There’s something afoot in Michigan which will come as welcome news to Second Amendment supporters around the nation. The state house passed a new bill this week which, if signed into law by Governor Rick Snyder, would make it legal for residents to carry their handguns concealed without needing any special permit to do so. Reuters reports that the move remains controversial, but Republicans in the state even found a few Democrats to vote with them on the measure.

Legislation to allow Michigan gun owners to carry a concealed handgun without a permit was approved in the state House of Representatives on Wednesday, in a move that follows the lead of a dozen other states.

The package of four bills, which cleared the Republican-controlled House with support from a handful of Democrats, now moves to the Senate, also dominated by Republicans.

It was not immediately clear whether Michigan’s Republican Governor Rick Snyder supports the bill. But the measure, if also approved in a Senate vote, could automatically become law 14 days after reaching the governor’s desk unless he vetoes it.

This is actually a package of four different bills. The overall effort is a good one and follows in the footsteps of similar legislation already on the books in at least eleven other states. In February, New Hampshire joined the list. (Washington Post)

New Hampshire this week passed a law allowing residents to carry a concealed handgun without a permit, joining a growing number of states that are allowing residents to carry weapons out of sight without a license.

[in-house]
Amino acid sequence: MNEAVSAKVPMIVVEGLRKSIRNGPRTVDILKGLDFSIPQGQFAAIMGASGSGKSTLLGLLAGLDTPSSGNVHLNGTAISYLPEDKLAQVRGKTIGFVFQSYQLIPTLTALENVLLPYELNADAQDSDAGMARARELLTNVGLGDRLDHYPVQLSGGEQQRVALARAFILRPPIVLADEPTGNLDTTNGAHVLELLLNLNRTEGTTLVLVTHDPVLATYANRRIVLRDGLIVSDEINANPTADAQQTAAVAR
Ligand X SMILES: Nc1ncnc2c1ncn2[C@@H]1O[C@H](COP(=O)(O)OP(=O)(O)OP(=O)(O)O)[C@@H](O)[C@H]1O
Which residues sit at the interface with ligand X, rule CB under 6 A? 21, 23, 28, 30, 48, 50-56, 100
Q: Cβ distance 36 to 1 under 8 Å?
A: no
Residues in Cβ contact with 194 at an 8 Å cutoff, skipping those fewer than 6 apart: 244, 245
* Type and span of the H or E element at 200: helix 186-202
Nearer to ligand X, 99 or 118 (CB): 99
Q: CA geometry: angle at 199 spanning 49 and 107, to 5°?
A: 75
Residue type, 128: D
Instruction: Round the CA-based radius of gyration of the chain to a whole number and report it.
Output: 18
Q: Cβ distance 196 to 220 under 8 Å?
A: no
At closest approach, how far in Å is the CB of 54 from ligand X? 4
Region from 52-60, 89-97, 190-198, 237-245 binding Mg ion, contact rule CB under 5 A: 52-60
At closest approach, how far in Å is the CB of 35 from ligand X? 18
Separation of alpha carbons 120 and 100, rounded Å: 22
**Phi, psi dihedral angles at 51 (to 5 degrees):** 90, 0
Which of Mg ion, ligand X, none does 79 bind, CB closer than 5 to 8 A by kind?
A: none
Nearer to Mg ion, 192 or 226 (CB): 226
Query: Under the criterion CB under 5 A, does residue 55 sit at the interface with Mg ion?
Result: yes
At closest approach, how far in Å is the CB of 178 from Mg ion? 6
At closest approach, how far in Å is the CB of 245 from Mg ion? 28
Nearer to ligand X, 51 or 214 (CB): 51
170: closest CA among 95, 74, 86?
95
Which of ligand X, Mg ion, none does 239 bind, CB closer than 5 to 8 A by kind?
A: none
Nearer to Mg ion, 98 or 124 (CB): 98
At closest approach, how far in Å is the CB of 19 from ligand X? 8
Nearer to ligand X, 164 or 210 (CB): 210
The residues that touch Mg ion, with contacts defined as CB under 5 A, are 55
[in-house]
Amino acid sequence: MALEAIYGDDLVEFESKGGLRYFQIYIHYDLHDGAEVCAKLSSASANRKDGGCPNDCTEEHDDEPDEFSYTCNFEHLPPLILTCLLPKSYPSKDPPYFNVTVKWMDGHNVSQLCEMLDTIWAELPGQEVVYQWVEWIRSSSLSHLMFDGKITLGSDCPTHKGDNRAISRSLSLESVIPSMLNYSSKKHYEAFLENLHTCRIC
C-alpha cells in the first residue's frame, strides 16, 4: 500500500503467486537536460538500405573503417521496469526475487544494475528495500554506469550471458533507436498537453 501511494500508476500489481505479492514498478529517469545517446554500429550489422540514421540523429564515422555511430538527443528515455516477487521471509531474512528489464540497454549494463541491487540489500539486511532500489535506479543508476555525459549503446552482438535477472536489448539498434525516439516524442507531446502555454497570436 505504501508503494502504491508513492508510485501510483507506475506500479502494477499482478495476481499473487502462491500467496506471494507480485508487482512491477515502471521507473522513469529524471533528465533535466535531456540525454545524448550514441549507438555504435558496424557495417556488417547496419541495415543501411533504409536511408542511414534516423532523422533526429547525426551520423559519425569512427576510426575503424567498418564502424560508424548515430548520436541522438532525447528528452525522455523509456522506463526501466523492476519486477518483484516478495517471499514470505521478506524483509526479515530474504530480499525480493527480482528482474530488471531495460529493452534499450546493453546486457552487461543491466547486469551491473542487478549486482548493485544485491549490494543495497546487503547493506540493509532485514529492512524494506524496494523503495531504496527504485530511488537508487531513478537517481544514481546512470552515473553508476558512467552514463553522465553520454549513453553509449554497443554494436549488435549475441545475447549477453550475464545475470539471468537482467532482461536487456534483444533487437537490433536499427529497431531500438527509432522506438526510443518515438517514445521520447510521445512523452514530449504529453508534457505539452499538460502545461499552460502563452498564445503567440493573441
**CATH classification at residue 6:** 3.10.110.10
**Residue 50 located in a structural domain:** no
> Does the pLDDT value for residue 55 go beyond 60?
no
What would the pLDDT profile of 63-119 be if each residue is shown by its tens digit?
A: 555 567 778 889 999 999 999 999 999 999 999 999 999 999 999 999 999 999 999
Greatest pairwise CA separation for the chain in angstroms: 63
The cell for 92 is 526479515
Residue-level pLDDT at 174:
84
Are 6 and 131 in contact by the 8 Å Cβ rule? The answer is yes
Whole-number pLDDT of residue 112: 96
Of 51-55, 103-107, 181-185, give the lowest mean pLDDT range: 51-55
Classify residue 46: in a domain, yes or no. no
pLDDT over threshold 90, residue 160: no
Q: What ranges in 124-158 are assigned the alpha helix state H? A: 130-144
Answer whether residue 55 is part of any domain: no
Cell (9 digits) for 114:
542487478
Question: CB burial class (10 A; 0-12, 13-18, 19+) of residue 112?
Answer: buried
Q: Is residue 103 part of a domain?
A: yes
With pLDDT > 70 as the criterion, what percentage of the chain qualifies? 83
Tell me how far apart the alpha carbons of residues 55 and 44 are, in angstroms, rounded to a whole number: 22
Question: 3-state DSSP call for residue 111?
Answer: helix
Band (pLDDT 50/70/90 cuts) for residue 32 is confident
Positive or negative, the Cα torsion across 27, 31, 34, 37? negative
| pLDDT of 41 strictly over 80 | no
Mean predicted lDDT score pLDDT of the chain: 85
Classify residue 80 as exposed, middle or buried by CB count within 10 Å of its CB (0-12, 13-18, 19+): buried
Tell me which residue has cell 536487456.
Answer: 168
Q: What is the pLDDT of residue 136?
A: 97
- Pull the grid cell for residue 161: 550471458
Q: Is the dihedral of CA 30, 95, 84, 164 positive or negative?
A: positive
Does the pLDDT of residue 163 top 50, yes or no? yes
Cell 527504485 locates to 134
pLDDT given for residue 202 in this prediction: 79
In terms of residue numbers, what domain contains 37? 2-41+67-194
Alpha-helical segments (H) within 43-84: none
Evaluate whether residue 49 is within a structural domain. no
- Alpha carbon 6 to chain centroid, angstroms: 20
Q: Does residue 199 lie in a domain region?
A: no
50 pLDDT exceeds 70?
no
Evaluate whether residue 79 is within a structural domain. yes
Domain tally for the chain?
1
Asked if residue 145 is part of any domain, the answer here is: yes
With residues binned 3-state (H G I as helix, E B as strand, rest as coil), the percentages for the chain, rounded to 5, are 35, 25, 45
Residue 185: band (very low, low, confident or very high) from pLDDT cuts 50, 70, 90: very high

At least 11 states have passed laws allowing the concealed carry of guns without a permit, and 16 states have introduced legislation this year to do the same, according to the National Conference of State Legislatures and the National Rifle Association. Gun rights advocates see the laws as the next frontier in Second Amendment rights.

While the idea of more accessible concealed carry is something I support, I’ll confess that even I have a few reservations about another of the bills in this Michigan package. Currently you need to have some basic firearms training to carry but this new proposal would remove that requirement. I understand how gun rights supporters bristle at the idea of any restrictions and the states have given them good reason to be suspicious. States like New York (among many others) have used the training requirement as cover to make it massively more expensive to obtain a permit, and in places like Washington, DC you often can’t even find a certified Firearms Training Instructor to meet the requirement.

The training should either be free or only charge a modest fee, with sufficient instructors available to meet the demand. But eliminating the requirement entirely is worrisome. It’s not as if we don’t have precedent for training requirements in other areas. You have to be able to demonstrate the ability to safely operate a motor vehicle before being able to drive. The same applies to many industrial applications or the ability to use hazardous chemicals and other substances. Work being done by the NRA in the training area shows that there are too many people out there who don’t know how to properly handle a weapon and haven’t made the effort to learn.

Since the Michigan bill is broken up into multiple parts, it’s possible that we could get the concealed carry portion passed but hang on to (and improve) the training portion. At least that’s how I’d like to see it play out.